November 12, 2006

Ottawa Senators

There have been a number of articles written on Ottawa, and for good reason. Here’s a team that’s played well, but is ranked second last in the east (just above Philadelphia). Interestingly, but my algorithm is predicting a great 123 point season or 110 points in 66 games (77% - subtracted 8 points from OTL’s). According to the Pythagorean prediction the Senators should be playing at 57%. However in the last 7 games they’ve managed one win and given all those games were coin tosses there’s a 6.25% chance you lose all but one of those games and if they were a 57% team on average there’s a 2.8% chance of losing those 7 games. Also those loses include two losses to 13 point Boston. Interestingly, it seems that every win is a blowout and every loss is a one goal affair as well stated by Michael from LCS Hockey : “But even that number is misleading. Twenty-one of Ottawa's 37 goals came during the club's three-game binge against New Jersey and Toronto, meaning the Sens have managed just 16 goals in their other nine games.”

So what is going on? Obviously luck plays a certain factor here, but I feel that one cannot look at the Senators performance without thinking, what might be causing. McHockey notes the terrible power play for the Senators. And Michael from LCS Hockey concludes that Ottawa needs a second line center. Kelly Hrudey made some excellent comments on Martin Gerber and how he’s struggling to see pucks through traffic. However, what I’ve noticed is that Ottawa has lost a significant number of games because the other team comes back from a deficit. If you go over the last 7 losses you’ll see that they’ve lost all their games as a result of their second or third period. Boston outscored Ottawa 3-2 in the second on the 11th, Atlanta got 2 in the third to win 5 to 4, Carolina got 2 in the third to win 3 to 2, Montreal scored two in the second to win 4 to 2 and finally on the 28th of October Boston got two in the third to win 2 to 1. Even in the 3 game blowout streak Ottawa only managed 1 goal on average in the third period. Of course every game has some chance of a comeback, but losing so many games that should be won asks questions about what’s going on with Ottawa’s defense in the third period. A bad power play or bad goal tending has nothing to do with when you lose the game. With Ottawa's ability to score goal tending shouldn't be a big issue, neither should the power play if they can get the goals at even strength instead. A better way of looking at this information is an actual break down of their game per period. What's interesting is they start out so well, allowing only 1.7 goals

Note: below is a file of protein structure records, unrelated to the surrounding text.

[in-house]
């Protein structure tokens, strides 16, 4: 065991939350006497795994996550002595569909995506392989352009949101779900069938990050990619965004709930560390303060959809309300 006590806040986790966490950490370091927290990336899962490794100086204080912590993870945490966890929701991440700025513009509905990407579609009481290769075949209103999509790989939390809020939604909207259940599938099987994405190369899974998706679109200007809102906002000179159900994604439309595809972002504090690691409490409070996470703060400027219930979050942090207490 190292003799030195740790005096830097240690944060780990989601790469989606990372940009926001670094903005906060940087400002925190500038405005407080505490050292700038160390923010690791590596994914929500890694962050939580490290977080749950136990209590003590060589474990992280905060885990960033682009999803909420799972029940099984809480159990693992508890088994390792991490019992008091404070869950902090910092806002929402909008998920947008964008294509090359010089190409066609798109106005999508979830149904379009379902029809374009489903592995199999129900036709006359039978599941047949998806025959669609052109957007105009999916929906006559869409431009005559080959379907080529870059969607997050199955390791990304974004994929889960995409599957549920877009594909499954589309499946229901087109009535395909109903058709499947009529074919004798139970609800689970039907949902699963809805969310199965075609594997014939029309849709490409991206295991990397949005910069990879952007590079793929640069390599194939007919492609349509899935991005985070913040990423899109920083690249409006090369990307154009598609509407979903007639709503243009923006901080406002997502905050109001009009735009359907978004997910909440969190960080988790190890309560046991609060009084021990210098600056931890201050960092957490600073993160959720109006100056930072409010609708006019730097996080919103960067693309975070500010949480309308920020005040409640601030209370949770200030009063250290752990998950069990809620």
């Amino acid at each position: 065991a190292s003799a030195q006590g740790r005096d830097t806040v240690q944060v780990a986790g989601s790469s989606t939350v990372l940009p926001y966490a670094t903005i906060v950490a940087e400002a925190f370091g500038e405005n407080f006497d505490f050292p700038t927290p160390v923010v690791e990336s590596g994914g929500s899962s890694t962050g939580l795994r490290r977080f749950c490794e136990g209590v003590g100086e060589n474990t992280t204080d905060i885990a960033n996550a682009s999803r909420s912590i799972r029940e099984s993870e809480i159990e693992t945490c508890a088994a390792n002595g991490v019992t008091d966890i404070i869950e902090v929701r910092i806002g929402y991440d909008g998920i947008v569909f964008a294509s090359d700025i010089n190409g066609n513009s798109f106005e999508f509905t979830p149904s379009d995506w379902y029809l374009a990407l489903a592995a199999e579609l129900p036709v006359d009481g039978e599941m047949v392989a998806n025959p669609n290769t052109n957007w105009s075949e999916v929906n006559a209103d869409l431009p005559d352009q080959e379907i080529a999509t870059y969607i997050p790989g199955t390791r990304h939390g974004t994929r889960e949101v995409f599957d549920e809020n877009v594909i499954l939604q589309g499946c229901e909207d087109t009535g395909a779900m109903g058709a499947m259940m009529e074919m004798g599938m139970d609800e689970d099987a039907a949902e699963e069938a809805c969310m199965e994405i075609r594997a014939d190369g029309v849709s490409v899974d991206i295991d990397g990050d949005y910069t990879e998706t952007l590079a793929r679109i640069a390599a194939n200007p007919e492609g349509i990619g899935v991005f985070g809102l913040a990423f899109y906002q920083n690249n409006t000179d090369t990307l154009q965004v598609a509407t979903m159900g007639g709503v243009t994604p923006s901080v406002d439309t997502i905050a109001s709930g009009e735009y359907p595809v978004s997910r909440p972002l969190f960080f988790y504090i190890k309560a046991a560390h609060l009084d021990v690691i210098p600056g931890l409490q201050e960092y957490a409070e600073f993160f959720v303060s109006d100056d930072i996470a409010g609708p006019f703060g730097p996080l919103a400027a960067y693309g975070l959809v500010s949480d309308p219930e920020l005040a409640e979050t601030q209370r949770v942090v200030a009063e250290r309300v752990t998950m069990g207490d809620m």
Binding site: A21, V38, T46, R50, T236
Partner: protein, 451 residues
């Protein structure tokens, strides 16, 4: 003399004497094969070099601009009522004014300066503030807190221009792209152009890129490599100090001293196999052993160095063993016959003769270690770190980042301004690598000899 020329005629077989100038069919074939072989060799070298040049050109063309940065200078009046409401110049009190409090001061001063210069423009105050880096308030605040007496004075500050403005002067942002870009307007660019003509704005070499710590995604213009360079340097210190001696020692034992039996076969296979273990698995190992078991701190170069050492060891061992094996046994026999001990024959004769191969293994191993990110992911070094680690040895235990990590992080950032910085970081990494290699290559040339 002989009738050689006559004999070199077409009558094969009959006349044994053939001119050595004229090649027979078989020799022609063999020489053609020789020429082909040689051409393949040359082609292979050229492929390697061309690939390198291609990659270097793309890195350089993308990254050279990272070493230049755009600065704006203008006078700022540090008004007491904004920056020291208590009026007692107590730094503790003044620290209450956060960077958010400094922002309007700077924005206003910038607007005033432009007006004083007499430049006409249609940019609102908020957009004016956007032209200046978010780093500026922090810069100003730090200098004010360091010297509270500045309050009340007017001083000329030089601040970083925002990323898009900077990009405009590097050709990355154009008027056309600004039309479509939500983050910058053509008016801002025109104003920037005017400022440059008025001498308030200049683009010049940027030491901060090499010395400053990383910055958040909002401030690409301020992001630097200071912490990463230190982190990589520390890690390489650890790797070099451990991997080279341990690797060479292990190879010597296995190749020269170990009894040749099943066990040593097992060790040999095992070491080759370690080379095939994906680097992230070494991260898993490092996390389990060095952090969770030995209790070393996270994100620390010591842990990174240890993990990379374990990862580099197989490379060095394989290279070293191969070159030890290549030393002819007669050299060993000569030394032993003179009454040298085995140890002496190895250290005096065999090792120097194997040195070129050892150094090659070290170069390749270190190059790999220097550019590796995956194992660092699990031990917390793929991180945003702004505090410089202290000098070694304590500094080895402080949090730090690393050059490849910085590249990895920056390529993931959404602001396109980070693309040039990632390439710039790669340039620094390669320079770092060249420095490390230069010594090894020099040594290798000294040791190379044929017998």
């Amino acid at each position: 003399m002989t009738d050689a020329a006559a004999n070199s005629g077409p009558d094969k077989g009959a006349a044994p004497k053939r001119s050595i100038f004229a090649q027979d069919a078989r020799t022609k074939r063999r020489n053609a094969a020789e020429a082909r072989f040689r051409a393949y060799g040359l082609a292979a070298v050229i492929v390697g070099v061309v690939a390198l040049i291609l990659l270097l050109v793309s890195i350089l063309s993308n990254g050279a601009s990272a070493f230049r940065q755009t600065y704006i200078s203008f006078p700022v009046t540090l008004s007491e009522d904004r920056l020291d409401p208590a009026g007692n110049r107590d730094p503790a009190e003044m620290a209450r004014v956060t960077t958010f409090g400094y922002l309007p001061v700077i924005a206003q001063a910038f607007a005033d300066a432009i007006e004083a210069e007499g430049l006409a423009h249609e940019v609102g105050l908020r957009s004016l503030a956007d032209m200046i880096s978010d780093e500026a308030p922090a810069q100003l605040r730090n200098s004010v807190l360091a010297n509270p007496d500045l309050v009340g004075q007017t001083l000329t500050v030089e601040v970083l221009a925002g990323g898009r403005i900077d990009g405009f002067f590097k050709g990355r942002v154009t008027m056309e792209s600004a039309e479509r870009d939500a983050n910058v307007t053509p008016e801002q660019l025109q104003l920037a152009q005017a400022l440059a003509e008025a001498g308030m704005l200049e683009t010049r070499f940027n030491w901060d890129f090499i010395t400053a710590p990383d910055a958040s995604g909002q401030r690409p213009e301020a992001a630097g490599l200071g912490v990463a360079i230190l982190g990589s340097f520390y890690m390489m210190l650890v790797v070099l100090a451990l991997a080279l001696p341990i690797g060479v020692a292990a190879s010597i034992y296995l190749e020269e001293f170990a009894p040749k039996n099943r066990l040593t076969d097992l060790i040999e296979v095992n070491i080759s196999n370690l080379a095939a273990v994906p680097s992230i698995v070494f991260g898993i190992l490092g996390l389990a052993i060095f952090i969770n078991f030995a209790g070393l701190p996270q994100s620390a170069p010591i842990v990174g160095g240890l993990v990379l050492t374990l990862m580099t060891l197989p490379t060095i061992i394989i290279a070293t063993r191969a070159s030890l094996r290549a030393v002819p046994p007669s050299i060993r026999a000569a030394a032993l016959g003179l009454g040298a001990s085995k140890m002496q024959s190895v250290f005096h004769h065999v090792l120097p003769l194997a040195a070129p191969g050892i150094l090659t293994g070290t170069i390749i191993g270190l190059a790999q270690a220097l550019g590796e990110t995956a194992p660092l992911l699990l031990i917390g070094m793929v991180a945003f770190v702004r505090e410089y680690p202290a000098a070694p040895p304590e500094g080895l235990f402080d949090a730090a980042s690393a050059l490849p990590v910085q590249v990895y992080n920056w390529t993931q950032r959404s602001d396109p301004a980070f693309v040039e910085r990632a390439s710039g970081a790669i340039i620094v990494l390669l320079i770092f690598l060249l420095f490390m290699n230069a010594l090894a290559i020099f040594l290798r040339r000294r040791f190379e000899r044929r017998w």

Another way of looking at the above is a break down of the teams’ performance by period. If you look at it this way the team allowed only 1.7 goals against per hour in the first (and only 24.6 should per hour). So without further ado, here’s the table:


Before delving too much into the table above I should say that:
P stands for period.
S stands for shots
G for goals
EG expected goals – an average number of goals based on the quality of the shots, SQN% - is the save percentage of the goaltender if he saw average shots (scales out the fact the shots are easier or harder to stop).

Now SQN% per period is correct to about 3% so a difference of 1 or 2% is perfectly normal so the differences in scoring and goal tending per period could be just the result of error (randomness). So certainly the SQN% show that Ottawa has been a bit unlucky in the third as their shooting percentage falls to 7.3% and save percentage falls below 90%. Scoring (EG, and G) are both accurate to about 0.7, similarly a difference of 4 shots is not significant. This certainly makes the shots provided to the opposition in the second period statistically significantly different (although actual scoring and expected goals aren’t statistically different). In general this is true as the NHL has about 10% more shots in the second period compared to the first or third. But you can see the Senators were able to more than outperform their chances against with their chances for, generating an astounding 4.3 goals for per hour in the second compared to 3.6 against, although many of these goals came in the blow outs.

The third period is really where the luck part strikes you, of course you can’t conclude whether this states their unlucky in the third or lucky in the first, but it’s probably a bit of both. It’s not like Ottawa isn’t shooting the puck in the third or getting good chances, it appears the opposition is simply getting lucky (they good shots aren’t going in). It’s interesting, while there’s a general trend for worse than average goal tending in the third period (SQN%: 90.9% vs. 90.3%), Ottawa has gotten better than average goal tending against them (Their shots are being stopped too often).

Basically what’s the problem: Ottawa hasn’t scored enough in the third period. If Ottawa could play as well in periods 2 and 3 as they did in the first they'd be doing just fine. If the first period becomes more like the 2nd and 3rd then their in trouble. I don't have anymore to say because I wanted to get this finished before the Canadiens game at 7:30 EST.

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